Zim fashion designer headed for UK

HARARE - Fashion designer Tarisayi Gweje is headed for the United Kingdom for the London Africa Fashion week following an impressive showcase at the Nigeria Fashion week held in May.

Gweje, 29 runs the label, Chaivo Fashions that showcased designs at Hifa 2014, which are inspired by the Salarygate Scandal.

“I applied to go to Nigeria, I sent them my profile, my previous works and I was selected. There were more than 50 designers and I was the only one from Zimbabwe.

“After I showcased there, they loved my work which led me to being invited to Africa Fashion Week London which is in August,” she said.

The designer is now appealing for funding.

“I have to pay for everything, so I’m looking for sponsorship. For the Nigerian showcase, I spent all the money that I had as I met all costs.  As for this event I can’t raise all the money in the short space of time.”

Gweje, who grew up in a family that was into tailoring, said she was inspired by her parents to venture into designing.

“I grew up in a family where my parents were doing part time jobs at established tailors. After work they would start sewing and I would help them. That’s where I got my inspiration, although they didn’t take it further.

“When I finished school I didn’t think of doing anything else, so I picked up from where my parents left,” she said.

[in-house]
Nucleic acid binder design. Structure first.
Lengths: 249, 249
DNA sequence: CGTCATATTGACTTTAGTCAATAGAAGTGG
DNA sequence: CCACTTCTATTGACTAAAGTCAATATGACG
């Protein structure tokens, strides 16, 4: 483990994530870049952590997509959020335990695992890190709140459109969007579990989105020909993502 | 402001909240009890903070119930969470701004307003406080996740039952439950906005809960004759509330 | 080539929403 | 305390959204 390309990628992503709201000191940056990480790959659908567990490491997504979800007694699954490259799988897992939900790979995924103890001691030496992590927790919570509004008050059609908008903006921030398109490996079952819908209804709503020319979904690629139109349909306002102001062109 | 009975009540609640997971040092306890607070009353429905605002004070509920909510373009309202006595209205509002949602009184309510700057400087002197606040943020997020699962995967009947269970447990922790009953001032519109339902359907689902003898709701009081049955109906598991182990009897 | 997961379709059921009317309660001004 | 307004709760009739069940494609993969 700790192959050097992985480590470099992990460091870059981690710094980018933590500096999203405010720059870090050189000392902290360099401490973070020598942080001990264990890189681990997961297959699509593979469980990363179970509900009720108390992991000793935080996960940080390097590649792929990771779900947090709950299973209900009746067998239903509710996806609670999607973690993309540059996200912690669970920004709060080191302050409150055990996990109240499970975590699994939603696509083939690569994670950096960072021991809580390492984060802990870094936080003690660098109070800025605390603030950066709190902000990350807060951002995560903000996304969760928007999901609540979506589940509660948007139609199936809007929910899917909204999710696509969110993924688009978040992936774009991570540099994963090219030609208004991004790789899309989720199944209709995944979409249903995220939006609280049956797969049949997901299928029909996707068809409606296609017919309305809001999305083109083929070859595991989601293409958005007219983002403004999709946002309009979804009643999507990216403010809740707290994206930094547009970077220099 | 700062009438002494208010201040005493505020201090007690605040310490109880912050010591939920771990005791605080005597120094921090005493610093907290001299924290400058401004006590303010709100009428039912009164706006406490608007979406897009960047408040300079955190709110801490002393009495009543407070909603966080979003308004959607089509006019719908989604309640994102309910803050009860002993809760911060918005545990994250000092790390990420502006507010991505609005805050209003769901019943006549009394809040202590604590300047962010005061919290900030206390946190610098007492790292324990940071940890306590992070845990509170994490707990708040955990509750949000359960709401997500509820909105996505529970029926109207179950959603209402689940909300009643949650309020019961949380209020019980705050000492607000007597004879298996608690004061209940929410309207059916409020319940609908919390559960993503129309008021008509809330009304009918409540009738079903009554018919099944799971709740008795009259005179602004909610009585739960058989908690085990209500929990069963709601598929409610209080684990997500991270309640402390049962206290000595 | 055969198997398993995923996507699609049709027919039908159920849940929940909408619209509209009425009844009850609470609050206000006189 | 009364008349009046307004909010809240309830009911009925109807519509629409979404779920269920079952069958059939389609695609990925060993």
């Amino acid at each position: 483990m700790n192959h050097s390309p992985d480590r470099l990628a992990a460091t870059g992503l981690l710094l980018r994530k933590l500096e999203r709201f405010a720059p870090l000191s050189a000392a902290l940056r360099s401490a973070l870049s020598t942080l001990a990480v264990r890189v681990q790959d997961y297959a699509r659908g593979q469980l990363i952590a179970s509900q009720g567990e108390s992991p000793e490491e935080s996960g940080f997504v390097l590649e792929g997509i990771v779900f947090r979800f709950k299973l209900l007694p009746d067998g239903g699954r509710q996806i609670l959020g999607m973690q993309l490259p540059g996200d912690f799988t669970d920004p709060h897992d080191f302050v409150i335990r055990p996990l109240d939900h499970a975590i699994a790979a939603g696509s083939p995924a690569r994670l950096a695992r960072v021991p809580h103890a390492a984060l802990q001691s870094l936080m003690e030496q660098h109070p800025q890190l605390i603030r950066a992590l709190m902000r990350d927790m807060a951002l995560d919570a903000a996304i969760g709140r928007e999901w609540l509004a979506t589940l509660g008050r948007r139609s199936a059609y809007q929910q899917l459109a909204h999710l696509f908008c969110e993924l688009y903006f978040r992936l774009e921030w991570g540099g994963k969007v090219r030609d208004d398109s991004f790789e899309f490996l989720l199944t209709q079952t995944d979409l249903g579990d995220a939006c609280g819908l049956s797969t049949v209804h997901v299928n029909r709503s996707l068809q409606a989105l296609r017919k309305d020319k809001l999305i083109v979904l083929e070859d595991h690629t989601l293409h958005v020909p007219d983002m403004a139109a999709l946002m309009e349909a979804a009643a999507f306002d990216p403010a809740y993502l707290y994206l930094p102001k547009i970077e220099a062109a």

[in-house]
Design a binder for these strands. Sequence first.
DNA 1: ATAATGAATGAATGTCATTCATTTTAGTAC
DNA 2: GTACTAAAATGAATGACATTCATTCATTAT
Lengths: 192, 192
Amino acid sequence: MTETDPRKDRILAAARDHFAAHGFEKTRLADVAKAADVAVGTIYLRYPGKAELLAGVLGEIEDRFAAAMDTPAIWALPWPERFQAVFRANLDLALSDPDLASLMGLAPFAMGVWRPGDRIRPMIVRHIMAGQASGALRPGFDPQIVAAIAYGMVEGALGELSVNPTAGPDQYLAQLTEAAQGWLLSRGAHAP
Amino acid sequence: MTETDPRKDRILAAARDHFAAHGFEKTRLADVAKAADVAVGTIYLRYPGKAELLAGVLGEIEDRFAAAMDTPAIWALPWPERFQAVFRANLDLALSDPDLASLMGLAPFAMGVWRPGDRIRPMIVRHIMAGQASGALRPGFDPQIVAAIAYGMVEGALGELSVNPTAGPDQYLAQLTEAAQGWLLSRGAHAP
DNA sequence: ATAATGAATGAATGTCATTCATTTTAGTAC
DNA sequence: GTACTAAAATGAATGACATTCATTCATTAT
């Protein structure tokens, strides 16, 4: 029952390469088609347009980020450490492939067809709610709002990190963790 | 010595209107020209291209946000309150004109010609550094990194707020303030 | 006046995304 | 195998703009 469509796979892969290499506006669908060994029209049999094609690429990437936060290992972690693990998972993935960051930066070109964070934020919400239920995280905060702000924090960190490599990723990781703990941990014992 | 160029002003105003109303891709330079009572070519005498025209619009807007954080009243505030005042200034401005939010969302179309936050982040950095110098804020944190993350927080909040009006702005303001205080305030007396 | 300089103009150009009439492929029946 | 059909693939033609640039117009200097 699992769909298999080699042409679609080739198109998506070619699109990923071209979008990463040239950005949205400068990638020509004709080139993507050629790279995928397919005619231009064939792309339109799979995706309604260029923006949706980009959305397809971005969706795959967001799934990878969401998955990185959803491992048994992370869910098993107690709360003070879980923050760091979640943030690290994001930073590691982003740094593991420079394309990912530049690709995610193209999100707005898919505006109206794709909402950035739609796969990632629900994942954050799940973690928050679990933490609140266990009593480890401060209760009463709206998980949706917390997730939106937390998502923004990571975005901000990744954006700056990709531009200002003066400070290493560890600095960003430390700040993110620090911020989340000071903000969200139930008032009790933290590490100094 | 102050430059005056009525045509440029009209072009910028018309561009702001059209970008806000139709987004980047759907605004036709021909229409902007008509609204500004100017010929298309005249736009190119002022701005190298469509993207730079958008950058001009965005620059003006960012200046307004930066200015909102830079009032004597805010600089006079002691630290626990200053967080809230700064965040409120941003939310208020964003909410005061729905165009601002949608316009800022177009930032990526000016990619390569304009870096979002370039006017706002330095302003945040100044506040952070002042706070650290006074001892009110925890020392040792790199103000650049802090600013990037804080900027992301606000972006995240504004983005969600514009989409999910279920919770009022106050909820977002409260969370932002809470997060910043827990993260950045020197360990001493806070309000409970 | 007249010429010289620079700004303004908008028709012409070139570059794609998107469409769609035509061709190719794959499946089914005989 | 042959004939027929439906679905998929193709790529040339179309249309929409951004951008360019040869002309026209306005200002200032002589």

The Chitungwiza-based designer attended design school to horn her skills.

“I went to Amazing House of Designers; it was a school for Fashion Art and Designing. After that I went to Harare Polytechnic where I did design and pattern making, it was my second course.

“My first show was in 2003 at Cottco Fashion Show, where I was chosen as one of the top 20 emerging designers. I was 17 then and the Cottco Fashion Fair was for emerging fashion designers. That is how I entered the world of fashion designing.”

She added that trendy fashion is facing strong competition from second-hand clothes that have flooded the streets (mabhero).

“It is sad to see second hand clothes coming into the country but I don’t think we have control over that as people are also making a living out of it. It is now up to the consumers to choose what to buy.

“If we keep on doing the right thing in the direction of designing and marketing, taking our work into the big stores we will go a long way,” she said.

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